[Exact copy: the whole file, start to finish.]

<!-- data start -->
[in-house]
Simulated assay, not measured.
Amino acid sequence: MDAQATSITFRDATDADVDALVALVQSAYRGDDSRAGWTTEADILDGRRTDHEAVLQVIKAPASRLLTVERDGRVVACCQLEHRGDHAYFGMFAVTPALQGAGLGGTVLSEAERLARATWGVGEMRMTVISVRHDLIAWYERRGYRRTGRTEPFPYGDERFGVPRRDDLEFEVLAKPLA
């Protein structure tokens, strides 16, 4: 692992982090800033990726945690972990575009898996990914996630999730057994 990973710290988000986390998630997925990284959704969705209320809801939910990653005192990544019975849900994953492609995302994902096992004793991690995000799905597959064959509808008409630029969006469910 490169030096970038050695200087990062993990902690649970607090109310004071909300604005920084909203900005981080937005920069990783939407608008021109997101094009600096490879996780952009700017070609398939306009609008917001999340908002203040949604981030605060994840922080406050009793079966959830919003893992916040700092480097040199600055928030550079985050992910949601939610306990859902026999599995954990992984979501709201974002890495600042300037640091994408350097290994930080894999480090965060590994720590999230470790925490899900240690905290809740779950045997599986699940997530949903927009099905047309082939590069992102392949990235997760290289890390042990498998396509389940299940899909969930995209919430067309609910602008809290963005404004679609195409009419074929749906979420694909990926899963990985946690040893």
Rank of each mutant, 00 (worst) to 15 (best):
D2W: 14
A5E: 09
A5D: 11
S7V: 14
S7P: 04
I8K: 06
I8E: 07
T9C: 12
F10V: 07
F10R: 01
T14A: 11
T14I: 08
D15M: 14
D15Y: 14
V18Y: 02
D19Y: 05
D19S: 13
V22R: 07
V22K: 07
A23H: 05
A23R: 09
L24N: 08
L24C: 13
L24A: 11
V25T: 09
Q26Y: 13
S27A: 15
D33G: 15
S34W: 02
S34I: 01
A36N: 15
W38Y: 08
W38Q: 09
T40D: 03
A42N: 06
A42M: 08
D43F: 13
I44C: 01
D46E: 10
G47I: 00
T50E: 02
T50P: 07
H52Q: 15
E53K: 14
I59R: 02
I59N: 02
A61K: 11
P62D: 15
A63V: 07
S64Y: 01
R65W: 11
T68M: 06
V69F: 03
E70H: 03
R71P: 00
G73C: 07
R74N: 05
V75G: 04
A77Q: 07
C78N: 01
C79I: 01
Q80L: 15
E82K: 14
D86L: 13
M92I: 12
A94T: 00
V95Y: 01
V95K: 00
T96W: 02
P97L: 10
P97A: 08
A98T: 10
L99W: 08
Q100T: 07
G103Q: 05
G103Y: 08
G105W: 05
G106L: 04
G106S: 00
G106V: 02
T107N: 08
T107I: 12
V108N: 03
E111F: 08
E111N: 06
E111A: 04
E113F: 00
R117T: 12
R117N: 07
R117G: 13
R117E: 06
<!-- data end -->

[in-house]
Simulated assay, not measured.
Amino acid sequence: MDAQATSITFRDATDADVDALVALVQSAYRGDDSRAGWTTEADILDGRRTDHEAVLQVIKAPASRLLTVERDGRVVACCQLEHRGDHAYFGMFAVTPALQGAGLGGTVLSEAERLARATWGVGEMRMTVISVRHDLIAWYERRGYRRTGRTEPFPYGDERFGVPRRDDLEFEVLAKPLA
């Protein structure tokens, strides 16, 4: 692992982090800033990726945690972990575009898996990914996630999730057994 990973710290988000986390998630997925990284959704969705209320809801939910990653005192990544019975849900994953492609995302994902096992004793991690995000799905597959064959509808008409630029969006469910 490169030096970038050695200087990062993990902690649970607090109310004071909300604005920084909203900005981080937005920069990783939407608008021109997101094009600096490879996780952009700017070609398939306009609008917001999340908002203040949604981030605060994840922080406050009793079966959830919003893992916040700092480097040199600055928030550079985050992910949601939610306990859902026999599995954990992984979501709201974002890495600042300037640091994408350097290994930080894999480090965060590994720590999230470790925490899900240690905290809740779950045997599986699940997530949903927009099905047309082939590069992102392949990235997760290289890390042990498998396509389940299940899909969930995209919430067309609910602008809290963005404004679609195409009419074929749906979420694909990926899963990985946690040893």
Rank of each mutant, 00 (worst) to 15 (best):
D2W: 14
A5E: 09
A5D: 11
S7V: 14
S7P: 04
I8K: 06
I8E: 07
T9C: 12
F10V: 07
F10R: 01
T14A: 11
T14I: 08
D15M: 14
D15Y: 14
V18Y: 02
D19Y: 05
D19S: 13
V22R: 07
V22K: 07
A23H: 05
A23R: 09
L24N: 08
L24C: 13
L24A: 11
V25T: 09
Q26Y: 13
S27A: 15
D33G: 15
S34W: 02
S34I: 01
A36N: 15
W38Y: 08
W38Q: 09
T40D: 03
A42N: 06
A42M: 08
D43F: 13
I44C: 01
D46E: 10
G47I: 00
T50E: 02
T50P: 07
H52Q: 15
E53K: 14
I59R: 02
I59N: 02
A61K: 11
P62D: 15
A63V: 07
S64Y: 01
R65W: 11
T68M: 06
V69F: 03
E70H: 03
R71P: 00
G73C: 07
R74N: 05
V75G: 04
A77Q: 07
C78N: 01
C79I: 01
Q80L: 15
E82K: 14
D86L: 13
M92I: 12
A94T: 00
V95Y: 01
V95K: 00
T96W: 02
P97L: 10
P97A: 08
A98T: 10
L99W: 08
Q100T: 07
G103Q: 05
G103Y: 08
G105W: 05
G106L: 04
G106S: 00
G106V: 02
T107N: 08
T107I: 12
V108N: 03
E111F: 08
E111N: 06
E111A: 04
E113F: 00
R117T: 12
R117N: 07
R117G: 13
R117E: 06